Brewing Suggestions

Brewing Suggestions

While we’re not trying to reinvent the wheel, we are exploring a new coffee brewing concept. We invite you join us in our No Bypass Brewing journey!

Fortunately, there are many great coffees available to us, but are we getting the best out of them we can? Too often, improper brewing ruins what could have otherwise been excellent coffee. We’d like to offer some suggestions that hopefully help us in this quest for awesome coffee!


A great grinder will transform your coffee experience from the inside out. More importance should be placed on your grinder than on the brewing equipment. Quality grinding equipment with sharp aligned burrs, will reward you with coffee that is both flavorful and delicious.

The grind size of the coffee is crucial. The finer the grind, the more surface area is exposed to the brew water. The size of the grind largely determines how quickly / easily the extraction happens. If the grind is too fine you’ll over-extract the brew (Bitter, strong, unpleasant) or too large you’ll under-extract (Sour, salty, thin) or a poor quality grind with too wide a particle distribution and there will be both of these mixed and very little clarity of flavor.


Water can make or break your best attempts at great coffee.  Because the minerals in water are essential to the extraction process, an easy solution is to use a product like: mixed with either distilled or RO water. SCA says that a TDS of 100-120 ppm is ideal. Water TDS meters are a cheap and easy method to track total TDS, but not the actual mineral composition. If you don’t know what the mineral content / TDS of your water is, buying bottled spring water is usually the easiest path to great coffee.

Waters to avoid: Softened (It usually has too much alkalinity/carbonated hardness), Distilled water (No mineral content) Municipal water that contains Chlorine, RO while not ideal (Too low mineral/TDS) can still be an okay brewing water if you grind courser or increase the dose.

Or another great option is to use a product like: Their system of remineralization allows you to tailor a water recipe specifically for a coffee/roast. Currently our favorite water recipe is pointed more towards Calcium and Potassium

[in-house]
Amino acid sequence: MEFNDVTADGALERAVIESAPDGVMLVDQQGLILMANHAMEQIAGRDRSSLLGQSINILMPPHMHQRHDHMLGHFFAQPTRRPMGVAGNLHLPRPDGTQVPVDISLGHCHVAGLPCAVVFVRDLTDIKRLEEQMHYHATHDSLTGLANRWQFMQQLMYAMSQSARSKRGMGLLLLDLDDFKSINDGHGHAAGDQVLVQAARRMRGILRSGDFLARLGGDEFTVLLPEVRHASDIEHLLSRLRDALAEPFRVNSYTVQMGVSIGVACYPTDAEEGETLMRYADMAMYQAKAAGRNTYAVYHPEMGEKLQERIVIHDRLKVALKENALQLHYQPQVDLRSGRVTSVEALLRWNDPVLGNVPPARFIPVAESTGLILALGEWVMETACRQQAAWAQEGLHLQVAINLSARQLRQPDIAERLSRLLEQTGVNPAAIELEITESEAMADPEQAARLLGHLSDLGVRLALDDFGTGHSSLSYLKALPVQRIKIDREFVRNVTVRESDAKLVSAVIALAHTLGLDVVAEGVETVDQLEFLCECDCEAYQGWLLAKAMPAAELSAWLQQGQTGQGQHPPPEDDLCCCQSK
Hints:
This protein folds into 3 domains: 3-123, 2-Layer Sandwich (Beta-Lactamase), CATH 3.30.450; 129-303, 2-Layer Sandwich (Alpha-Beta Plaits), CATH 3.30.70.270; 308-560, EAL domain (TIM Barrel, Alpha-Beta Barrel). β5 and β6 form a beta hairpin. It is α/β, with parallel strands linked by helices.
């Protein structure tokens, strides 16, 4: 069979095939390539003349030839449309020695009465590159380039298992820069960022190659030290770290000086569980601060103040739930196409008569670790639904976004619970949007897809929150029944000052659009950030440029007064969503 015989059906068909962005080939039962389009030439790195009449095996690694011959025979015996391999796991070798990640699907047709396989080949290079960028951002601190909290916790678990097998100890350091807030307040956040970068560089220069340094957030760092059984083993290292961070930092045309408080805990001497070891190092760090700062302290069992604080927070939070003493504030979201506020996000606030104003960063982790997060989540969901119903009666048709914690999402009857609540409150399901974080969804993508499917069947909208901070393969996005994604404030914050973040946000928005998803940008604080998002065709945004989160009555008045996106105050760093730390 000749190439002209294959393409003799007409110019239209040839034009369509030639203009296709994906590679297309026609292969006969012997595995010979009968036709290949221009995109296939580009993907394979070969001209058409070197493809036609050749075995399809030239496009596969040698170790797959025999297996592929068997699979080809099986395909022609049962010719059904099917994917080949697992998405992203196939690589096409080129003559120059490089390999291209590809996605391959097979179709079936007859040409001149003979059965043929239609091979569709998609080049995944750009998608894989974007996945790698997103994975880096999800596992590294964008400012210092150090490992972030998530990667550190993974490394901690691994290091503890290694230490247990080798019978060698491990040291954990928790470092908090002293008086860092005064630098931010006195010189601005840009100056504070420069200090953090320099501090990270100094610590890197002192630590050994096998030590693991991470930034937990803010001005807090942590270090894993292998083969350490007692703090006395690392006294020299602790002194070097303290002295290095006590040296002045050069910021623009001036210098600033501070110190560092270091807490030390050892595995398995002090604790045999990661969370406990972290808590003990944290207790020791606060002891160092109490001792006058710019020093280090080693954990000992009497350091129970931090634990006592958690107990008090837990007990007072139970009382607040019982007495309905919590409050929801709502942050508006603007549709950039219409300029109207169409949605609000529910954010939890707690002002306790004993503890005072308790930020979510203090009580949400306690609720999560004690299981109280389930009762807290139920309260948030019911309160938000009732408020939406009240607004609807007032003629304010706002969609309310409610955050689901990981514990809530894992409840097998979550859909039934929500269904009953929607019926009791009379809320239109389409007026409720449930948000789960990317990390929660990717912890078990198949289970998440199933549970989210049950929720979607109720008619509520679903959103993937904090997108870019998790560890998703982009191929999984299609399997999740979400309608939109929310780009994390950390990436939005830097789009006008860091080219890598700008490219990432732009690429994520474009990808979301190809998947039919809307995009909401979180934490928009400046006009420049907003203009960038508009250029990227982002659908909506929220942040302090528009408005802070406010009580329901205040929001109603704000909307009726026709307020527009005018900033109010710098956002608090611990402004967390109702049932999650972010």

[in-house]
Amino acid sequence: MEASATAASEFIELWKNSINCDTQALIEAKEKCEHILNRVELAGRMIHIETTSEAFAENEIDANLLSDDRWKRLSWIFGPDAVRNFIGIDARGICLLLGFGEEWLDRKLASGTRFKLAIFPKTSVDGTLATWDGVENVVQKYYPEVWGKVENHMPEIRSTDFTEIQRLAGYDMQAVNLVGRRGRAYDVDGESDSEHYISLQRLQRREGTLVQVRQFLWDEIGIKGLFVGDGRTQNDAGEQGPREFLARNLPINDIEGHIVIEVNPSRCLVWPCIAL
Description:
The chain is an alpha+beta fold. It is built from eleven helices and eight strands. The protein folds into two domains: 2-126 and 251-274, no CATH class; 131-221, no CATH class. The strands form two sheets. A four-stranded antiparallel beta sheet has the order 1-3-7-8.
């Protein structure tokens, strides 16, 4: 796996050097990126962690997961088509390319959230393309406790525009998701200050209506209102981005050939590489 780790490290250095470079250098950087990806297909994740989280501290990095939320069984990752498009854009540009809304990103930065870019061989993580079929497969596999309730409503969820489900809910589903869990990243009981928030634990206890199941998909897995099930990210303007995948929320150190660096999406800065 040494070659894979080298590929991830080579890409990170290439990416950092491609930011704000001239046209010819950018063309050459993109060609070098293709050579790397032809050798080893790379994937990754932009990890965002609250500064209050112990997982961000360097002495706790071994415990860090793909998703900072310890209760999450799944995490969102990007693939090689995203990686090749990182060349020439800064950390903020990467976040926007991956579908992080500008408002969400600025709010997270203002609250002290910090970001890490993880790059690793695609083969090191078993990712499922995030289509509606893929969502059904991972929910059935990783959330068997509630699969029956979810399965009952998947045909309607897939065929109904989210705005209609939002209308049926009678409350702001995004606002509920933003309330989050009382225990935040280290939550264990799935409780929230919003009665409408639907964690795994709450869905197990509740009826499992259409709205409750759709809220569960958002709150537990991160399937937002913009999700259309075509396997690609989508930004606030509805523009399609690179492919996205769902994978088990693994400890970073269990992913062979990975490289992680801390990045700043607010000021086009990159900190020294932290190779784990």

– 5 drops Calcium
– 2 drops Magnesium
– 4 drops Potassium
– 2 drops Sodium

This would be about at 70GH/30KH for a 450ml amount

Water Temperature

The temperature of the brewing water is very important. There’s a strong correlation between the roasted density of the beans and the brewing temp, a light roasted coffee will generally be denser and need hotter water to extract properly. Hotter = sweeter / Cooler = more acidic, all else being equal. We would recommend starting with a water temp of 202F (94C). It’s also worth experimenting with 160F (71C) bloom water. This seems to help retain the aromatics and volatiles and up the cup profile.

Coffee to Water Ratio

The proportion of coffee used in relation to the amount of water, constitutes the brewing ratio. The industry standard brewing ratio is 1:16 (one part coffee to 16 parts water) but the efficient No Bypass Brewer is redefining this standard. We recommend starting with a ratio of 1:17. The most widely accepted way to measure these ratios are by weight in grams. A good gram scale that’s accurate to 0.1g /3kg is easy to find and buy. One thing to be aware of is that Decaf and most natural process coffees may be best with a brew ratio of 1:13 and a dilute ratio of 1:4.

Brewing Process & Time

There are two basic brewing methods, diffusion and immersion. Diffusion (Also called percolation) means water is flowing around and through the aggregate of ground coffee. Immersion means the ground coffee is soaked (or steeped) in the brew water.

Time is often mistakenly thought of as an important variable in the brewing process but contact time is the result of grind size, water temp/quality & brew ratio, all of which influence the resulting cup. We believe too much emphasis is placed on contact time and more consideration should be given to the grind size / brew ratio relationship. (For example, when using an automatic coffee maker that doesn’t allow control of water delivery, grind size / brew ratio becomes a great way to control extraction.)

It’s important to remember that in a normal brew 80 – 85 percent of the solubles are likely extracted during the first minute of the brewing process. This can help guide our brewing parameters and choices as we chase maximum extraction without over-extraction.

Sometimes it just comes down to experimentation, and finding your perfect brewing formula with your personal equipment.

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